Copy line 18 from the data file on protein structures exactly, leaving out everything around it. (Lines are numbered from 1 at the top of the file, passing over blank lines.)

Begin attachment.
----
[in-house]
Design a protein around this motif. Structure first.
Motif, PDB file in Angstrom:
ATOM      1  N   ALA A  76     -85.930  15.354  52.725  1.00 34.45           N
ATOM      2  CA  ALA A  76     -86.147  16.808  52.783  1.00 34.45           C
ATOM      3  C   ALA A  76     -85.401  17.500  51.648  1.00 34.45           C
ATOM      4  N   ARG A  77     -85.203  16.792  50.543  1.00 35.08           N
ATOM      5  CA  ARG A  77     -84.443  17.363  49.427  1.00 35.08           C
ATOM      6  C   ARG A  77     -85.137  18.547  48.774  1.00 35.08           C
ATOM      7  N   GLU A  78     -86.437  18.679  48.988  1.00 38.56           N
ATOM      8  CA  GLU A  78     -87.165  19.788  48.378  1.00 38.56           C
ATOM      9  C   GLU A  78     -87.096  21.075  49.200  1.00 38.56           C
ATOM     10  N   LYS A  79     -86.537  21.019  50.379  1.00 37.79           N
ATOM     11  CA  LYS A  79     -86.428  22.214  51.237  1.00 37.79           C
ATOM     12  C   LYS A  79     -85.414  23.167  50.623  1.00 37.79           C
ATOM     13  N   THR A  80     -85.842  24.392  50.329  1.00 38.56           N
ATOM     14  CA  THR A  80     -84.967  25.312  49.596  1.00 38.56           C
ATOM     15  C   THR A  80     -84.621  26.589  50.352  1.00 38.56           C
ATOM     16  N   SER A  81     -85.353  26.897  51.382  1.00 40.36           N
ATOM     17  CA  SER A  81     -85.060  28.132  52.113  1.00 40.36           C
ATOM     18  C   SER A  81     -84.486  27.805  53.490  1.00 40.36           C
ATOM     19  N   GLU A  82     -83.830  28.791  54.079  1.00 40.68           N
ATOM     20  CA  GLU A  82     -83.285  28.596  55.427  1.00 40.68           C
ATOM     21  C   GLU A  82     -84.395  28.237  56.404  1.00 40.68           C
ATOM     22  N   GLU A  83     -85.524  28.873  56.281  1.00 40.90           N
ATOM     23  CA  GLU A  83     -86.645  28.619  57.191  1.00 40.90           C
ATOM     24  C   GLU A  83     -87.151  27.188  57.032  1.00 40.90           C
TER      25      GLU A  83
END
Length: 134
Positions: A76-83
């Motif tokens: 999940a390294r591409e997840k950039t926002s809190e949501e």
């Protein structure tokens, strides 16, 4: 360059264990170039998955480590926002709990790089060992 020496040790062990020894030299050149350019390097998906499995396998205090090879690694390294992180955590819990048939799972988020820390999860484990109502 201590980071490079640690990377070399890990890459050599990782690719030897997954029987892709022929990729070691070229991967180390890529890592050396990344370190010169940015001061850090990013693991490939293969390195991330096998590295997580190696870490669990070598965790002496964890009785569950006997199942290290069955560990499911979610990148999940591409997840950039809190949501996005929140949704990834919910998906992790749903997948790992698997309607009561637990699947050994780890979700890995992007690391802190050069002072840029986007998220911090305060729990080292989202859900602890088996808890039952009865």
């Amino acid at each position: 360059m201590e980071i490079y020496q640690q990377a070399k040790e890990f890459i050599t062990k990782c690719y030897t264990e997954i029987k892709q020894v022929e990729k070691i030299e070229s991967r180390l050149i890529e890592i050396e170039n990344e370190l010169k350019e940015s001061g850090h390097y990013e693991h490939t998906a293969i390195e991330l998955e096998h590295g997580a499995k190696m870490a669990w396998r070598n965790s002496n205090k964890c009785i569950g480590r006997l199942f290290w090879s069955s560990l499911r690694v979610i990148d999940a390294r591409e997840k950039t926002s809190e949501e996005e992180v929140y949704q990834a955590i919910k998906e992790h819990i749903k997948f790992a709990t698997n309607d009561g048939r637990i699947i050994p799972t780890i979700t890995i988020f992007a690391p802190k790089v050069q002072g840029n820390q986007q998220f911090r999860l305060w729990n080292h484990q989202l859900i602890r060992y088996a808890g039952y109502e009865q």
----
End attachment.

ATOM     15  C   THR A  80     -84.621  26.589  50.352  1.00 38.56           C